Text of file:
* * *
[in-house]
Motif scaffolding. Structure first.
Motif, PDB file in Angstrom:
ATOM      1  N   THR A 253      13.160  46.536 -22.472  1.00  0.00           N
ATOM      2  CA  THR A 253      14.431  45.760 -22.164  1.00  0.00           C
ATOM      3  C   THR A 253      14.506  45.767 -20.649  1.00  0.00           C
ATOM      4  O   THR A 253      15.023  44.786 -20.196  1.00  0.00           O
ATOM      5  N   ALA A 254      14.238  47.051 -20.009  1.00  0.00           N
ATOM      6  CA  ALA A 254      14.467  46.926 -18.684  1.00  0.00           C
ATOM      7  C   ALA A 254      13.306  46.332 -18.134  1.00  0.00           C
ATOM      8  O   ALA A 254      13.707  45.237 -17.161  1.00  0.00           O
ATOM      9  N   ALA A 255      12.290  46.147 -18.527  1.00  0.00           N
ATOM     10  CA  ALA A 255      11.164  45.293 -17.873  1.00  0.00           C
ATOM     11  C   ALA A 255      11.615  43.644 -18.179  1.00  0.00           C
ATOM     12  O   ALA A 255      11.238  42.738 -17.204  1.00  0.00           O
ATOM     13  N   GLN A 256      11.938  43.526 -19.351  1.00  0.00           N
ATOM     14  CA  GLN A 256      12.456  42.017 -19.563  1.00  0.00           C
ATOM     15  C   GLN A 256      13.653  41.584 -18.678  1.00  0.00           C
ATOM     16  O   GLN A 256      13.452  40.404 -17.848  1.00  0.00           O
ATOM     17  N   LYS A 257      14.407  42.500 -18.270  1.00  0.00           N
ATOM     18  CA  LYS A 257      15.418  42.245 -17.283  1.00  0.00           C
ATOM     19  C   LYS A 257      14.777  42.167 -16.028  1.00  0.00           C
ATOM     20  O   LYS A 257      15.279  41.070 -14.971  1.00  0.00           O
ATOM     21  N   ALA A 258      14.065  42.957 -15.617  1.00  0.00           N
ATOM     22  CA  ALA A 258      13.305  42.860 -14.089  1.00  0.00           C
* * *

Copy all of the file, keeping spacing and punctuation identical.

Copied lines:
[in-house]
Motif scaffolding. Structure first.
Motif, PDB file in Angstrom:
ATOM      1  N   THR A 253      13.160  46.536 -22.472  1.00  0.00           N
ATOM      2  CA  THR A 253      14.431  45.760 -22.164  1.00  0.00           C
ATOM      3  C   THR A 253      14.506  45.767 -20.649  1.00  0.00           C
ATOM      4  O   THR A 253      15.023  44.786 -20.196  1.00  0.00           O
ATOM      5  N   ALA A 254      14.238  47.051 -20.009  1.00  0.00           N
ATOM      6  CA  ALA A 254      14.467  46.926 -18.684  1.00  0.00           C
ATOM      7  C   ALA A 254      13.306  46.332 -18.134  1.00  0.00           C
ATOM      8  O   ALA A 254      13.707  45.237 -17.161  1.00  0.00           O
ATOM      9  N   ALA A 255      12.290  46.147 -18.527  1.00  0.00           N
ATOM     10  CA  ALA A 255      11.164  45.293 -17.873  1.00  0.00           C
ATOM     11  C   ALA A 255      11.615  43.644 -18.179  1.00  0.00           C
ATOM     12  O   ALA A 255      11.238  42.738 -17.204  1.00  0.00           O
ATOM     13  N   GLN A 256      11.938  43.526 -19.351  1.00  0.00           N
ATOM     14  CA  GLN A 256      12.456  42.017 -19.563  1.00  0.00           C
ATOM     15  C   GLN A 256      13.653  41.584 -18.678  1.00  0.00           C
ATOM     16  O   GLN A 256      13.452  40.404 -17.848  1.00  0.00           O
ATOM     17  N   LYS A 257      14.407  42.500 -18.270  1.00  0.00           N
ATOM     18  CA  LYS A 257      15.418  42.245 -17.283  1.00  0.00           C
ATOM     19  C   LYS A 257      14.777  42.167 -16.028  1.00  0.00           C
ATOM     20  O   LYS A 257      15.279  41.070 -14.971  1.00  0.00           O
ATOM     21  N   ALA A 258      14.065  42.957 -15.617  1.00  0.00           N
ATOM     22  CA  ALA A 258      13.305  42.860 -14.089  1.00  0.00           C